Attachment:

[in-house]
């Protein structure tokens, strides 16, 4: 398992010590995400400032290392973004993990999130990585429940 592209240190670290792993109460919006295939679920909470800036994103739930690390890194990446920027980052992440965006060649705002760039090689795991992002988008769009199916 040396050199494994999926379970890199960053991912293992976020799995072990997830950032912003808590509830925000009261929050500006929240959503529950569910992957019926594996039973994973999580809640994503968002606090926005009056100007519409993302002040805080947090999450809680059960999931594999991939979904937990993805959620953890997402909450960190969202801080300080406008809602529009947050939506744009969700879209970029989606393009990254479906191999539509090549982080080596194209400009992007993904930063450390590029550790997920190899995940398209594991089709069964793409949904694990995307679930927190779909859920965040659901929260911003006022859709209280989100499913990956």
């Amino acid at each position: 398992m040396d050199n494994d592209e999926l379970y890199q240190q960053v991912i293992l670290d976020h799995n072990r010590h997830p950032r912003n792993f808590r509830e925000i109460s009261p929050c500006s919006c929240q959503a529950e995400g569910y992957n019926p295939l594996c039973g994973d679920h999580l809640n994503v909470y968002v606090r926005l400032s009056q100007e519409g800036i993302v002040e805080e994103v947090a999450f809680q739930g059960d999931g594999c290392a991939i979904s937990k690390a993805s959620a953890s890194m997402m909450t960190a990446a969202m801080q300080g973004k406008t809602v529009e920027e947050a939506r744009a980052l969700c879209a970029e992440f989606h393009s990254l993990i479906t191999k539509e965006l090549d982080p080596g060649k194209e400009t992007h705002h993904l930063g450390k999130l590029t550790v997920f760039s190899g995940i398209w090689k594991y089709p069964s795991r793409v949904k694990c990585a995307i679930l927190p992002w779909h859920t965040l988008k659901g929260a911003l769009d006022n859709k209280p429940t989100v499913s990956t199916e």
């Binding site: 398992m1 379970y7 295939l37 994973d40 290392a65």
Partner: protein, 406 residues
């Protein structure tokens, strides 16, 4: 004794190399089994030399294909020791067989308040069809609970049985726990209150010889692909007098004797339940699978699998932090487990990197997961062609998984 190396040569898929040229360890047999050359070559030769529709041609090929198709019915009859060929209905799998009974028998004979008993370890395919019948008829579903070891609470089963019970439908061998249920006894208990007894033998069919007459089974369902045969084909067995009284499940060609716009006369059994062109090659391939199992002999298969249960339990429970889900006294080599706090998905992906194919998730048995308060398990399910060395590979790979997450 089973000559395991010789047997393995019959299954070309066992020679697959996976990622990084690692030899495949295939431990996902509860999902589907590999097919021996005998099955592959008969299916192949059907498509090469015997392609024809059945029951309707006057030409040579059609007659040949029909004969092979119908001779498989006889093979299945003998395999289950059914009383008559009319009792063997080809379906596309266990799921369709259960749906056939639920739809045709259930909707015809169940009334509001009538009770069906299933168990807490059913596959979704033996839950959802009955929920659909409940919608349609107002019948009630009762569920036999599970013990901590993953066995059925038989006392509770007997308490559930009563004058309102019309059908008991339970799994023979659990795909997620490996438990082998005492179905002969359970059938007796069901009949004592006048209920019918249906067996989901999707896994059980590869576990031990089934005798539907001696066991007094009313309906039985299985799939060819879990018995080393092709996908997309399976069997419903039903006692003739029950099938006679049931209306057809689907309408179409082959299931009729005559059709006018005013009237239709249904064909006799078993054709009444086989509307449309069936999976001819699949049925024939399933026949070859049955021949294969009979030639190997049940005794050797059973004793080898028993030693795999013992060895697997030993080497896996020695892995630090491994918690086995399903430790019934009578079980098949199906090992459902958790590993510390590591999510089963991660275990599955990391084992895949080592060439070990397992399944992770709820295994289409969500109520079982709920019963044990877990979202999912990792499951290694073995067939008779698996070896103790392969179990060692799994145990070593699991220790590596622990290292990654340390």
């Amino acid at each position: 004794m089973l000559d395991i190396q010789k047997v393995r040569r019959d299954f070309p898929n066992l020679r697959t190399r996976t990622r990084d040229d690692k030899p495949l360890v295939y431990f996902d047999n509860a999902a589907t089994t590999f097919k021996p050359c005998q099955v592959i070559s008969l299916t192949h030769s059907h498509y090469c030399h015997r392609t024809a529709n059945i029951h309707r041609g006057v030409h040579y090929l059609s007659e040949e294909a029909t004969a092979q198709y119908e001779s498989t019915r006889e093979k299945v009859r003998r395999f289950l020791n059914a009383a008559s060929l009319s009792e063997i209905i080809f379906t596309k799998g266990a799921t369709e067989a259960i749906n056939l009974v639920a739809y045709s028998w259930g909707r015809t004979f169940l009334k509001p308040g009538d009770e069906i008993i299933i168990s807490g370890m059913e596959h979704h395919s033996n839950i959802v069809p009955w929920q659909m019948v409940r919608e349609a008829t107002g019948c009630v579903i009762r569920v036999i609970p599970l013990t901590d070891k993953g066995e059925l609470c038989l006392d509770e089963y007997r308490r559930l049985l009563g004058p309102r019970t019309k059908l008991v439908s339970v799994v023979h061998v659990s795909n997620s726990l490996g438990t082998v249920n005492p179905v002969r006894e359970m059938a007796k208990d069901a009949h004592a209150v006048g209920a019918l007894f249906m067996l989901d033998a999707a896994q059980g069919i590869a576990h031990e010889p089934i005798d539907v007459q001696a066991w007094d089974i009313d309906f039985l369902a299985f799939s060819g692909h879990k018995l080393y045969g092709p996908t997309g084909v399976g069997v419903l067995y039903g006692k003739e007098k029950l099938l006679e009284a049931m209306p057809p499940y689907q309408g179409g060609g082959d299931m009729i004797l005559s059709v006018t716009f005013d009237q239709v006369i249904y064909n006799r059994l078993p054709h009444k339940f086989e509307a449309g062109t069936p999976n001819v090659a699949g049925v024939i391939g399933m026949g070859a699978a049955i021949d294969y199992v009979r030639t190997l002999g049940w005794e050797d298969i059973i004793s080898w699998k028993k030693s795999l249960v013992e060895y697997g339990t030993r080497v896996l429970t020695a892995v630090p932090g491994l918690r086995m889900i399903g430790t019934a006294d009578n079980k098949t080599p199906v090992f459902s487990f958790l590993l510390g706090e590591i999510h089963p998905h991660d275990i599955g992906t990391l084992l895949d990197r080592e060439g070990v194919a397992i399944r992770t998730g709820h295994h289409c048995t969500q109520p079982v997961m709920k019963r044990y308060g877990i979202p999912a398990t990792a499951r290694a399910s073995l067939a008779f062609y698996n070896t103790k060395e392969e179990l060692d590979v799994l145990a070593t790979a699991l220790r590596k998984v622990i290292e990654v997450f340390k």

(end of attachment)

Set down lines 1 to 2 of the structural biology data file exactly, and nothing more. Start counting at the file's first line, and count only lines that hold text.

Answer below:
[in-house]
């Protein structure tokens, strides 16, 4: 398992010590995400400032290392973004993990999130990585429940 592209240190670290792993109460919006295939679920909470800036994103739930690390890194990446920027980052992440965006060649705002760039090689795991992002988008769009199916 040396050199494994999926379970890199960053991912293992976020799995072990997830950032912003808590509830925000009261929050500006929240959503529950569910992957019926594996039973994973999580809640994503968002606090926005009056100007519409993302002040805080947090999450809680059960999931594999991939979904937990993805959620953890997402909450960190969202801080300080406008809602529009947050939506744009969700879209970029989606393009990254479906191999539509090549982080080596194209400009992007993904930063450390590029550790997920190899995940398209594991089709069964793409949904694990995307679930927190779909859920965040659901929260911003006022859709209280989100499913990956």